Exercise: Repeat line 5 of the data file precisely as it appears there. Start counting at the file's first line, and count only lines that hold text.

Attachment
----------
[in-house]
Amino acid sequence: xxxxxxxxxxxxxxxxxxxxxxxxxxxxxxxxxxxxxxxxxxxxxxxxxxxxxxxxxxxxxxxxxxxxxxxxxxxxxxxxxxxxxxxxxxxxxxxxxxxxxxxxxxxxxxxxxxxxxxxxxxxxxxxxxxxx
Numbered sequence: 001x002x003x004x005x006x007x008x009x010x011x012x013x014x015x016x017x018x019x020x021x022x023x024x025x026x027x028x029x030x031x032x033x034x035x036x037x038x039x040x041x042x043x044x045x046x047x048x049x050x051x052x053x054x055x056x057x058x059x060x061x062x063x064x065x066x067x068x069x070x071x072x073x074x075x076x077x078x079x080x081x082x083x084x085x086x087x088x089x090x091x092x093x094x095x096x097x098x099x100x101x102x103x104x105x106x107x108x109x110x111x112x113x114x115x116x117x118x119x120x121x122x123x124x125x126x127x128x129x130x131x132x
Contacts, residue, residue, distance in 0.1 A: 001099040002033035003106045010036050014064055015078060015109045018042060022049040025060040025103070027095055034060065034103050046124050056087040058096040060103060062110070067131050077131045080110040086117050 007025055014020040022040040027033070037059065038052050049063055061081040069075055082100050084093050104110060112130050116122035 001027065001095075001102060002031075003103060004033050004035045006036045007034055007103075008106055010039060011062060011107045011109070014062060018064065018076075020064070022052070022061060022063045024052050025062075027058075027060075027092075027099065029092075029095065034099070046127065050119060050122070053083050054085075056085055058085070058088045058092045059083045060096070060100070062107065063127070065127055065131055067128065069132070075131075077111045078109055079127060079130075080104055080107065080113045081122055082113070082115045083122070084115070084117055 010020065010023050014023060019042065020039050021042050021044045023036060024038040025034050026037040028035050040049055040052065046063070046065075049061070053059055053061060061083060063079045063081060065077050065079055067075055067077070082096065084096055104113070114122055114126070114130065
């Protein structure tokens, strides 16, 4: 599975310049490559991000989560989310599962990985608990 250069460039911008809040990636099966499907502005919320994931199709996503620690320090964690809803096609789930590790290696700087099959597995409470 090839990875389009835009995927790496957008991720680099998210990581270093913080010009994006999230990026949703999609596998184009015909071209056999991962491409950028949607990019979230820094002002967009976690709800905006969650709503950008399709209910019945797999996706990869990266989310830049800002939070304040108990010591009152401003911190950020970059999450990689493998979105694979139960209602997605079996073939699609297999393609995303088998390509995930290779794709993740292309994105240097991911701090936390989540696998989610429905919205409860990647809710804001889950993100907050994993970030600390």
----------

């Protein structure tokens, strides 16, 4: 599975310049490559991000989560989310599962990985608990 250069460039911008809040990636099966499907502005919320994931199709996503620690320090964690809803096609789930590790290696700087099959597995409470 090839990875389009835009995927790496957008991720680099998210990581270093913080010009994006999230990026949703999609596998184009015909071209056999991962491409950028949607990019979230820094002002967009976690709800905006969650709503950008399709209910019945797999996706990869990266989310830049800002939070304040108990010591009152401003911190950020970059999450990689493998979105694979139960209602997605079996073939699609297999393609995303088998390509995930290779794709993740292309994105240097991911701090936390989540696998989610429905919205409860990647809710804001889950993100907050994993970030600390």